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  • Jan Flynn

What If You Were Wrongly Imprisoned?

Meet the podcast guest who might be your best hope

I’m privileged to be one of the rotating hosts on the Crow’s Feet: Life As We Age podcast — a show that considers the journey through life from a range of perspectives. All of us are aging, and if we’re lucky we get to do it for a good long time — so it’s worth exploring how to do it fully and whole-heartedly.

Our newest show releases on January 24. I’m the host for this episode, and I’m delighted to invite you to meet a present-day Renaissance man. I interview Dr. Greg Hampikian, a professor of biology and criminal justice at Boise State University and a foremost expert on DNA. 

Dr. Hampikian is an expert in advanced forensic DNA technology and is a co-founder of the Idaho Innocence Project.

Our talk touches on a wide range of topics. In addition to his research, advocacy, and teaching, he’s also an inventor, a playwright, a novelist, and an essayist.

But our conversation kept returning to the human tragedy of people serving time for crimes they did not commit.

For those of us in our later years or decades, the thought of spending the time we have left separated from all we love is especially poignant.

That sense of urgency combined with empathy, as well as his zest for living fully as he ages, informs Dr. Hampikian’s work.

He’s never served time in prison, but he knows many who have

And some of them were wrongly convicted — demonstrably so according to forensic evidence that may have been unavailable or unacknowledged at the time of their trials. Hence his mission to restore their freedom.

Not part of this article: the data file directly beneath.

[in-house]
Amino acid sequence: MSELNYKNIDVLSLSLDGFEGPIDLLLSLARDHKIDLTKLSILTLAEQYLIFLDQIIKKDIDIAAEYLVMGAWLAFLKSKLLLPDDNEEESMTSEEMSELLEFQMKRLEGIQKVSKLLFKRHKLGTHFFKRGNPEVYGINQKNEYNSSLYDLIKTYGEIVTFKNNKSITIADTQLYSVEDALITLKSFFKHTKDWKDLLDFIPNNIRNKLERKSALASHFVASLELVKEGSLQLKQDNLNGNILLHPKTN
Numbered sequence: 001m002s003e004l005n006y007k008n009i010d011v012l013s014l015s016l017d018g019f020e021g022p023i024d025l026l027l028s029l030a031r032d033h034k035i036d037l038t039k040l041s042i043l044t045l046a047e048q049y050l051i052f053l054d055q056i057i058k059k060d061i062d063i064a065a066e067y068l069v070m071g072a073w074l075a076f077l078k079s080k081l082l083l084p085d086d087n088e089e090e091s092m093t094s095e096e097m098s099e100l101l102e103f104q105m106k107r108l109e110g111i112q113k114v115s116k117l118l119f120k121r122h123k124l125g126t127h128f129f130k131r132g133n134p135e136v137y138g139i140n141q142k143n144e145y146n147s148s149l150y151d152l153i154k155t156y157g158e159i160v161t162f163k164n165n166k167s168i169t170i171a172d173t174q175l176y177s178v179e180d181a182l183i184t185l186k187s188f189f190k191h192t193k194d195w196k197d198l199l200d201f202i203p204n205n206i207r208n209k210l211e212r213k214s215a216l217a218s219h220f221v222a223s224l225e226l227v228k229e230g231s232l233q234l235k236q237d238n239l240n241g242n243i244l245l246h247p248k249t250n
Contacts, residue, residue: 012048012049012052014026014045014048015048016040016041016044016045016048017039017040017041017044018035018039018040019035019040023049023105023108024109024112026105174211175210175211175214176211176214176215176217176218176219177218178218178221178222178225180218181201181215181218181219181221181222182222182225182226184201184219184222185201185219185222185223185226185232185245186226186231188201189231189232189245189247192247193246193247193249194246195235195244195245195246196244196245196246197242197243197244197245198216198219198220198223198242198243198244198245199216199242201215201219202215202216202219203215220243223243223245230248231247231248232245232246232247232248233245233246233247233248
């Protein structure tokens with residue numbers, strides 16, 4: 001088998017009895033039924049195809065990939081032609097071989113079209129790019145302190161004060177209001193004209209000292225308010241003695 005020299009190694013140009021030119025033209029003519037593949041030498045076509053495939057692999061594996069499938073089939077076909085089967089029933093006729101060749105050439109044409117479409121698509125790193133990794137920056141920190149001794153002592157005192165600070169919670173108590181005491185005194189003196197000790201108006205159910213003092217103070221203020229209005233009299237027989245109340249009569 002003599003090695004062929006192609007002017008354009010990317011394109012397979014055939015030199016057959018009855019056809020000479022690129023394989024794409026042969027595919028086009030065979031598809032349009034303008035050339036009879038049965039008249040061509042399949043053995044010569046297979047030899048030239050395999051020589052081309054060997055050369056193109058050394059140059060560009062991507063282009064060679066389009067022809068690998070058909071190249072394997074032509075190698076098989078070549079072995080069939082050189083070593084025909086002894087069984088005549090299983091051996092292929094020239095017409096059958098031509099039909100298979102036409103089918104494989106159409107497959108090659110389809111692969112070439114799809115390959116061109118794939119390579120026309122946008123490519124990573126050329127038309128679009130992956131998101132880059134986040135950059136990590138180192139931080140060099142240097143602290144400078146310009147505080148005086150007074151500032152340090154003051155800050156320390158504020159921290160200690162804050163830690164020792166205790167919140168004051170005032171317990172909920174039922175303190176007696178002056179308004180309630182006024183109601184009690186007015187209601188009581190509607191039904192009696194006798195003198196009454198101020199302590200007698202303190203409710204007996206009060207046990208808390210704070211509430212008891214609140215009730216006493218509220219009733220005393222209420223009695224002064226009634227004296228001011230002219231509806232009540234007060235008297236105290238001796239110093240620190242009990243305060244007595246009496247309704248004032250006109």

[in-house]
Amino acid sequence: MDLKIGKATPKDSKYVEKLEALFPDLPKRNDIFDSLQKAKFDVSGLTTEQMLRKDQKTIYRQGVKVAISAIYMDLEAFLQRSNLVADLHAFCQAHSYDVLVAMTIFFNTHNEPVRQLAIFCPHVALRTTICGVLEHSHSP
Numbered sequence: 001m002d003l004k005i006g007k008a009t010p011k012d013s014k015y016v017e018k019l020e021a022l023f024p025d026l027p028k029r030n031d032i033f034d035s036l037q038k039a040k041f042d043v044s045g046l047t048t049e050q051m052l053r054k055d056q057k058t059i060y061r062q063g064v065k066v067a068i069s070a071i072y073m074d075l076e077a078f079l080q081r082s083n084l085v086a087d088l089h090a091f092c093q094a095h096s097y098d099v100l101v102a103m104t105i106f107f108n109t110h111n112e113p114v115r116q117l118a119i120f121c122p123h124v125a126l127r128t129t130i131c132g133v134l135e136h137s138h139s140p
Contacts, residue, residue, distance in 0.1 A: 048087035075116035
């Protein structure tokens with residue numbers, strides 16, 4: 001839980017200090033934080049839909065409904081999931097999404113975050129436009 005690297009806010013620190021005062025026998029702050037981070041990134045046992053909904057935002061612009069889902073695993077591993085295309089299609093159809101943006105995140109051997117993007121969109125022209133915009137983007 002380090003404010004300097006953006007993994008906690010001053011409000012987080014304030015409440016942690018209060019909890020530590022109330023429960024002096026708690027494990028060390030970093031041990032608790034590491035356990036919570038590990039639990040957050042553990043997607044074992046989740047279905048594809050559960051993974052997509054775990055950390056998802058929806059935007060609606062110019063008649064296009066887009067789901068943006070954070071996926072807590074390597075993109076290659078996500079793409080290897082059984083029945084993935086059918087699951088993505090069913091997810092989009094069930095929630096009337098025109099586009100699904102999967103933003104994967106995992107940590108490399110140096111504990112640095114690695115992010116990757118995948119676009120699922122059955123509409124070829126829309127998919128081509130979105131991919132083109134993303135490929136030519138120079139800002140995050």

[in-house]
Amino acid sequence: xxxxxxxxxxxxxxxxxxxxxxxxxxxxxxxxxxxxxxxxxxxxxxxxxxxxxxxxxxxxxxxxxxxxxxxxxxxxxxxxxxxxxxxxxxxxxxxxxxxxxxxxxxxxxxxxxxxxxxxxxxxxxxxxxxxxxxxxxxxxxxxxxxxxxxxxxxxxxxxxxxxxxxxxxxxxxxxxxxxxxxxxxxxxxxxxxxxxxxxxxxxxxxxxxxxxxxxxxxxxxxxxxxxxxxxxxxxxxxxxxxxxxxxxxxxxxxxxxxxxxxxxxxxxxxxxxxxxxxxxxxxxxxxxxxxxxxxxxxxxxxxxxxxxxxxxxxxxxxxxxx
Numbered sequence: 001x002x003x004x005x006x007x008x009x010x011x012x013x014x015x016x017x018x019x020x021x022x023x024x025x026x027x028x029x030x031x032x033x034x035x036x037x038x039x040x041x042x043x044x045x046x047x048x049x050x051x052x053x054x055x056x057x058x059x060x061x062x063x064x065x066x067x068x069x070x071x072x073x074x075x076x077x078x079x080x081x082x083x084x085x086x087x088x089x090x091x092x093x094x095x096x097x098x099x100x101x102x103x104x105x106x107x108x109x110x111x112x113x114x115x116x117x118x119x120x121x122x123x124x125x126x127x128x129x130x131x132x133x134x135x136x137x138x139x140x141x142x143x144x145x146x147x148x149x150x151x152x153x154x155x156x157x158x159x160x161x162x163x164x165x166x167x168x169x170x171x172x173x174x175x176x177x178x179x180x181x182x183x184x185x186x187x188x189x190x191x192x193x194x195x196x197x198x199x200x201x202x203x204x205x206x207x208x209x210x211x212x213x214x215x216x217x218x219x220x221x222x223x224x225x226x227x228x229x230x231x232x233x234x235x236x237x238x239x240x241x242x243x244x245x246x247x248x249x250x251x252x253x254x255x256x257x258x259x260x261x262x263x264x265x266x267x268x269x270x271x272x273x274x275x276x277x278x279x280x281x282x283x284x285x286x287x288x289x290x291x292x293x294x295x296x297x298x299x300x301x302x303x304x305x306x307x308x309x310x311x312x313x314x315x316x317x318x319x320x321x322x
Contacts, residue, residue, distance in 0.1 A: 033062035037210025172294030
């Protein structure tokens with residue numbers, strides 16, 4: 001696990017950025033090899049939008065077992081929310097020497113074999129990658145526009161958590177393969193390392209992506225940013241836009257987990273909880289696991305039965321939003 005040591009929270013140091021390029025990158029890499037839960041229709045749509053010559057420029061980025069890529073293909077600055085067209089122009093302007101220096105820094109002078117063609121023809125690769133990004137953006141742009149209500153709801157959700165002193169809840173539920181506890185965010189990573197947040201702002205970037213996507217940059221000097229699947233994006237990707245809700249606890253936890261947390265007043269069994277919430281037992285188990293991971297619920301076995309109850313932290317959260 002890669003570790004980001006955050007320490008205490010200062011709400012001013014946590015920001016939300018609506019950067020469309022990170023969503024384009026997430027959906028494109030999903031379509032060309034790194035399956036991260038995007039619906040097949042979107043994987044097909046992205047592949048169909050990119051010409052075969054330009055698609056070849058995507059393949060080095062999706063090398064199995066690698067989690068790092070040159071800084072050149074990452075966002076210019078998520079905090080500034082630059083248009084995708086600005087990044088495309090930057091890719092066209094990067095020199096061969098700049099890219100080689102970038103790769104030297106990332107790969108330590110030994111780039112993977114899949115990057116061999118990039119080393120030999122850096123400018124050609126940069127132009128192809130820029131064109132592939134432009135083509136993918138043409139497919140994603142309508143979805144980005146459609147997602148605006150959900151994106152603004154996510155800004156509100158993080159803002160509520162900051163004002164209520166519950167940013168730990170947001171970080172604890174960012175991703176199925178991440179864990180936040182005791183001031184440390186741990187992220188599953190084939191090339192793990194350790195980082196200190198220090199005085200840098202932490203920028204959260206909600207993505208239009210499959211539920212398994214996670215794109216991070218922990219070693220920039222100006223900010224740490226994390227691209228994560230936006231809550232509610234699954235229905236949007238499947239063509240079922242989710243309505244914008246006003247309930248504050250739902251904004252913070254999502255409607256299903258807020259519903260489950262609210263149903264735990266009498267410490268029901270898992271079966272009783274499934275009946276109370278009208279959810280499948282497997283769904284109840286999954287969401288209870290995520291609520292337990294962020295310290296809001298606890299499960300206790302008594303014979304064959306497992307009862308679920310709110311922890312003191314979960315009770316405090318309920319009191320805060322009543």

He’s best known in the media for helping secure the freedom of Amanda Knox after she’d served four years of a life sentence in an Italian prison on a wrongful conviction of murder.

He’s quick to point out that he doesn’t do this work alone. His team has helped free over three dozen people who were wrongfully convicted — and helped police identify new suspects in six of those cases.

Besides the Idaho Innocence Project, he and his colleagues were also instrumental in establishing the Georgia Innocence Project, the Irish Innocence Project, and Innocence Project France.

Sometimes his team can get wrongful convictions reversed — and sometimes they can’t, no matter how hard they try or how much evidence it seems is clearly on their side.

In the interview, Dr. Hampikian describes having to walk one of the people whose freedom he’d helped secure back into prison after the man’s conviction was overturned by one court and then reinstated by another.

The criminal justice system can be a frustrating, confounding, and impersonal institution, one that sometimes seems like a juggernaut; yet, Hampikian maintains a clear-eyed enthusiasm.

He communicates a sense of wonder and appreciation for life that is strengthened by his awareness of reaching its later chapters.

His wealth of other interests sustains him

He’s a contributor to scientific journals, which you might expect of a biology professor — but he’s also written for magazines and newspapers . On the podcast we touch on two of his most popular and ironic pieces for the New York Times: “Men: Who Needs Them” and one he penned at at time when the Idaho Legislature, in its wisdom, was considering a law allowing open-carry guns on college campuses: “When May I Shoot A Student?”

He’s also been inducted as a Charter Fellow of the National Academy of Inventors. His inventions range from a magnetic shape memory alloy micro-pump (don’t ask me to explain) to a forensic DNA labeling kit that prevents contamination of samples given to law enforcement (that one I can get my head around, and I applaud).

He’s been featured on television numerous times in news networks including CNN and BBC. He is co-authored the book Exit to Freedom, a story of the life and wrongful conviction of Calvin C. Johnson Jr., who spent seventeen years in prison for a crime he did not commit.

He’s a modest guy who’s more focused on his current pursuits than on touting past accomplishments.

But at one point, he does casually mention that he’s a playwright.

And if that’s not enough, his Wikipedia page ends with, “Hampikian is also an amateur folk singer and songwriter.”

I hope you’ll join me for a truly stimulating conversation with Dr. Greg Hampikian on the Crow’s Feet: Life As We Age podcast, launching on January 24 — available wherever you get your podcasts.

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